The perennial challenge within the IT security world is achieving the right balance between security and operational efficiency. Security professionals are charged with ensuring that critical data and systems are protected at all times, but operations staff are often focused on keeping the wheels on the bus, managing costs and delivering a great user experience – no glitches, no downtime.
Take encryption for example, on the one hand encrypting information is viewed by many security professionals as the single most effective means for end-to-end data protection. Successfully deploying this technology is getting much easier as it becomes more widely available and ‘home-grown’ solutions are no longer the norm. On the other hand, encryption can slow down an entire network, make valuable information worthless and take an application offline if the security stars fail to align.
In January 2010, NIST issued a draft Special Publication 800-131, “Recommendation for the Transitioning of Cryptography Algorithms and Key Sizes,” which recommends a number of upgrades and changes to the types of cryptographic algorithms that are used and how they are deployed. Nobody in the industry argues that these changes aren’t the right thing to do – security measures must always evolve as technology advances – particularly the technology available to potential attackers. The challenge is to enable the transition, which for many will start later in 2010 and through the following few years, in as painless a way as possible.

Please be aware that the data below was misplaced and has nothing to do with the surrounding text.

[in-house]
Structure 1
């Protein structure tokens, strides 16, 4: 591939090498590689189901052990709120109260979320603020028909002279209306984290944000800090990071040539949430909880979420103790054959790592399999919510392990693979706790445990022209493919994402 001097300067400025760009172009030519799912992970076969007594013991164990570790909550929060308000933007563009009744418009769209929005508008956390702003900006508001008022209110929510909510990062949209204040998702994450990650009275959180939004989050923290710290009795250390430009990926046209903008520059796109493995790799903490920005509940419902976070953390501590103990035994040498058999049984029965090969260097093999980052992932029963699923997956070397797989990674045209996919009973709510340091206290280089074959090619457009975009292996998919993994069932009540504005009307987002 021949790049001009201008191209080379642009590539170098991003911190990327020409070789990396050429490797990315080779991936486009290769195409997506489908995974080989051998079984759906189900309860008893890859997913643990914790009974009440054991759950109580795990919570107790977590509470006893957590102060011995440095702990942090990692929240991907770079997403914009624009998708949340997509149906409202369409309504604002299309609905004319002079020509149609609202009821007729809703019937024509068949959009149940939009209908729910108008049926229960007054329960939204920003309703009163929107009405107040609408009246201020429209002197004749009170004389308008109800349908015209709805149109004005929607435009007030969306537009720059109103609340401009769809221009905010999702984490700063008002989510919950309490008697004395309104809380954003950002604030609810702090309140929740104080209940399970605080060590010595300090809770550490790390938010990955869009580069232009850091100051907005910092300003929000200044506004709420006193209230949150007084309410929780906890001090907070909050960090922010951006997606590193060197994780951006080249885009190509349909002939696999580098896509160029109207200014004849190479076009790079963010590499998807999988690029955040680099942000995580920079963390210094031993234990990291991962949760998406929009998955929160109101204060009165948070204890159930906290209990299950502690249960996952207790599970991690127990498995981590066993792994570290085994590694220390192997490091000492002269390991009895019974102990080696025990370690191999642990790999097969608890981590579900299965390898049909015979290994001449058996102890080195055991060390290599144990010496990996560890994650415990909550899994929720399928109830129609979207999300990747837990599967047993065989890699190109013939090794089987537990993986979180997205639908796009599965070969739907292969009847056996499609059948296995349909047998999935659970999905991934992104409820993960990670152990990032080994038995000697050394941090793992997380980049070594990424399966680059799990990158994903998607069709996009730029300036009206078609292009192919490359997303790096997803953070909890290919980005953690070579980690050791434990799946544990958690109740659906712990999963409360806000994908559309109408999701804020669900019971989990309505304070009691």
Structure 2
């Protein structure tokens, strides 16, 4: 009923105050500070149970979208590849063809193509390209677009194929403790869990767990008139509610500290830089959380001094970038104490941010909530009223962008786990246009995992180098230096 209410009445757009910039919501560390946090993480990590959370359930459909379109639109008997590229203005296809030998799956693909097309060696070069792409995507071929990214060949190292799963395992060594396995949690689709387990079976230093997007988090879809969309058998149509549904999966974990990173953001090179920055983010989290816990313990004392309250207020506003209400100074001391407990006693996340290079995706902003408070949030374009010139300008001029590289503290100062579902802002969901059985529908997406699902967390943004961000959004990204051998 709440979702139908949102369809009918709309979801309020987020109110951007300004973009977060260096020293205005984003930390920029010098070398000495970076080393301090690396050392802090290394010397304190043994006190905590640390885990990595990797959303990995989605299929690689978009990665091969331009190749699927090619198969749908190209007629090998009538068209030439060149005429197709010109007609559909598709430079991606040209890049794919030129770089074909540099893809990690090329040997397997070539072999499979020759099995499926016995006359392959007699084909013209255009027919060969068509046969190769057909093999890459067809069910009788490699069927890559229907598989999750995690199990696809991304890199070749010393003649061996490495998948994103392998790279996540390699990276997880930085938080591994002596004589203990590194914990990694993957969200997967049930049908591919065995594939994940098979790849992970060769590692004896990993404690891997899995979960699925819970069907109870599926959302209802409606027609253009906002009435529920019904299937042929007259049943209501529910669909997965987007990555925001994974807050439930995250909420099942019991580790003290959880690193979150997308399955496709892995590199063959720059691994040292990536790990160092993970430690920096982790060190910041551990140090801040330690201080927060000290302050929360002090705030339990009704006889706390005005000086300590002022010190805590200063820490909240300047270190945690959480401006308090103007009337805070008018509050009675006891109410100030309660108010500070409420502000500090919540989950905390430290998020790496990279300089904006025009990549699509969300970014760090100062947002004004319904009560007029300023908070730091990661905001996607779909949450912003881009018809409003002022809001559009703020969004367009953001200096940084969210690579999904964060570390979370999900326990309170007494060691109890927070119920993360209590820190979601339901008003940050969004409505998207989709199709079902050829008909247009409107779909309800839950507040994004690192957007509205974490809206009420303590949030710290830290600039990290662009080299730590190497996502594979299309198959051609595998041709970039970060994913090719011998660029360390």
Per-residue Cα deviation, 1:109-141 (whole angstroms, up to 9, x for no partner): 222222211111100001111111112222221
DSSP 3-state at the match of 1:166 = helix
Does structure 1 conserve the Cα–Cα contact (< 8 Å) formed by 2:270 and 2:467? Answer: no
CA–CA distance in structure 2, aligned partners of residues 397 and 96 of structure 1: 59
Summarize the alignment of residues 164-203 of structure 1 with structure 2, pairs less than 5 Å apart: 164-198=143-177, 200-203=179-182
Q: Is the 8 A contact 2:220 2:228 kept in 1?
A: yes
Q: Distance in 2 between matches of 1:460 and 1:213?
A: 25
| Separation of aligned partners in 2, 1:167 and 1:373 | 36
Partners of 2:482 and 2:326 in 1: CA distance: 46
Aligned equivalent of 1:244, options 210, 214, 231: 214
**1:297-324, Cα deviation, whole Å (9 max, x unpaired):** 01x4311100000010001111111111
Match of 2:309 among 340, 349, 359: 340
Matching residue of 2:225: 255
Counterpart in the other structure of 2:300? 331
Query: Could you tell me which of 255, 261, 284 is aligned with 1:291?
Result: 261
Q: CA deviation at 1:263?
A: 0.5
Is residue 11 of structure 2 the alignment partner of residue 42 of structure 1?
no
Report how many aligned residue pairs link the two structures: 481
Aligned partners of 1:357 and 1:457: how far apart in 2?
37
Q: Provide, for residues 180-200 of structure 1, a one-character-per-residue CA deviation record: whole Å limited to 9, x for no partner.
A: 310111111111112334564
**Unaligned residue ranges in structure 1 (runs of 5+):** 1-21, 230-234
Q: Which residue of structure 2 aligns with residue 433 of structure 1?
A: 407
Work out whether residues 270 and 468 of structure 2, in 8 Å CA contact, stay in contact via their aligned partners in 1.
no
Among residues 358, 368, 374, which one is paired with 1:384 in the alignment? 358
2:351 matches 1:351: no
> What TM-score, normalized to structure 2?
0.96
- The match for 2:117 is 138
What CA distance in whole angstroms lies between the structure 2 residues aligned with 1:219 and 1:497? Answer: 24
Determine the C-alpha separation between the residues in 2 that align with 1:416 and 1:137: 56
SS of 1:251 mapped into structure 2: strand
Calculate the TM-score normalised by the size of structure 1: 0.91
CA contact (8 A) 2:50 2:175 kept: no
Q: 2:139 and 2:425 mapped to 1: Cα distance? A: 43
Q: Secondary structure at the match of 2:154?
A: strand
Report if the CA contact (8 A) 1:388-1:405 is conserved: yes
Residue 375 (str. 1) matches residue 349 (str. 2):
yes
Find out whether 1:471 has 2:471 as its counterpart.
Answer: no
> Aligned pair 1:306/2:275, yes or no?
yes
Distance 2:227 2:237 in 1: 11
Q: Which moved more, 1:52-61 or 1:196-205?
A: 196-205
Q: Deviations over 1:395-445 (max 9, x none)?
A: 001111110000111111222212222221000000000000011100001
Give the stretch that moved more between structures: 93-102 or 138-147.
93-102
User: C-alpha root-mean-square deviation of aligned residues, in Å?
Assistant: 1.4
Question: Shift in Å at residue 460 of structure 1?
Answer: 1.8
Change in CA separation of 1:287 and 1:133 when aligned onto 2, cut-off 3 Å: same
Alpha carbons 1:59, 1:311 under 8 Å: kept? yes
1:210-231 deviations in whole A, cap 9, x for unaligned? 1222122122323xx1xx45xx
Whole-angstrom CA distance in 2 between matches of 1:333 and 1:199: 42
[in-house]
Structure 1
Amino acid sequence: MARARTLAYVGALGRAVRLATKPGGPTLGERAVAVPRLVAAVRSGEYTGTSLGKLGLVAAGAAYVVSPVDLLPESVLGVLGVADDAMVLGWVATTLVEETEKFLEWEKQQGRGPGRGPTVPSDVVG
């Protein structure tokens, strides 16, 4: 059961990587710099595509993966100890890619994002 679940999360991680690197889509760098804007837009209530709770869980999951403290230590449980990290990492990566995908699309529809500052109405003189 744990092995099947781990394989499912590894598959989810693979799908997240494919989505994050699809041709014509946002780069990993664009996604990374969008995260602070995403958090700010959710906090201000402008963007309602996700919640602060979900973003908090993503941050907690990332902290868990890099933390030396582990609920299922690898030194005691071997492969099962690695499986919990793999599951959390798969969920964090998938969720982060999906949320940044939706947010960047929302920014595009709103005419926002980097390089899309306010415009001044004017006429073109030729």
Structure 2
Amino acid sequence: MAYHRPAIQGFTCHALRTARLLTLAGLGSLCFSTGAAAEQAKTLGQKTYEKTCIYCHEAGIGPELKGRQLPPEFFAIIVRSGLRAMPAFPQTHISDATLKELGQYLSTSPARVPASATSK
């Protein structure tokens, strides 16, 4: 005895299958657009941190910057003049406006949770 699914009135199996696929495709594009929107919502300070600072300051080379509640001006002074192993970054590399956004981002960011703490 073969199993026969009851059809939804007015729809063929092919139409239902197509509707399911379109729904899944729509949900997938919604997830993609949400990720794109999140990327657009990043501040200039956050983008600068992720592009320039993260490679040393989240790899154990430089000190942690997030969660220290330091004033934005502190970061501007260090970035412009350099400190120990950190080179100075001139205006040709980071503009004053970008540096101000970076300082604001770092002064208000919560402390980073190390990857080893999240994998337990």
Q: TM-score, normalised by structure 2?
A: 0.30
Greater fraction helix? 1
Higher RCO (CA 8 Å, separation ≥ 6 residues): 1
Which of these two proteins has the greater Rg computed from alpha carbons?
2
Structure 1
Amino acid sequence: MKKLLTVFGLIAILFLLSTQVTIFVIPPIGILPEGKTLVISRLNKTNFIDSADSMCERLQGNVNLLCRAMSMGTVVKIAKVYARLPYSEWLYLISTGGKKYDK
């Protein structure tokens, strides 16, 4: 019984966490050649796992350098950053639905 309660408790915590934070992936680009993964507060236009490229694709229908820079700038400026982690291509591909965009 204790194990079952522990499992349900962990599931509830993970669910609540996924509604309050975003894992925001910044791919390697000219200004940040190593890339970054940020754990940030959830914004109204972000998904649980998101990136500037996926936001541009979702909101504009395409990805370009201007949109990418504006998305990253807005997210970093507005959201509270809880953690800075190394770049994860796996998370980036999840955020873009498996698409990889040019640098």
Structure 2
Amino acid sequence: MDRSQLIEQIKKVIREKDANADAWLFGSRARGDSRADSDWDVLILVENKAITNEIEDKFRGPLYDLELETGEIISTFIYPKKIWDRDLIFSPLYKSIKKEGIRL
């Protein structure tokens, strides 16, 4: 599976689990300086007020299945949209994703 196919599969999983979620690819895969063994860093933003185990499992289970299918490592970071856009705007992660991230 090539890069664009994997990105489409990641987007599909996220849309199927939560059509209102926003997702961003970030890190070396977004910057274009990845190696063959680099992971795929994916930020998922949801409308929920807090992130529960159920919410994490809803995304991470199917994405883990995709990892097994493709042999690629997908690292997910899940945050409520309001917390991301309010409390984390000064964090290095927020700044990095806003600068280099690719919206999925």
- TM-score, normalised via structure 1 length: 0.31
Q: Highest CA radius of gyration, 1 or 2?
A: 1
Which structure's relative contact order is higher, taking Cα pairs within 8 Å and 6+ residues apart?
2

Within the recommendation there are a number of proposed changes but one common theme is that organizations should adopt longer, more complex encryption key lengths to bolster data protection. Security professionals want to follow NIST recommendations to keep information and systems as safe as possible, however, from an operations perspective, this is a concern since longer key lengths slow cryptography, consume more processing power and can be more difficult to manage and store.
While this trade-off between security and operational efficiency will always exist, there are ways to mitigate the effects of stronger encryption, for example, security professionals can deploy advanced automated key management policies and technologies.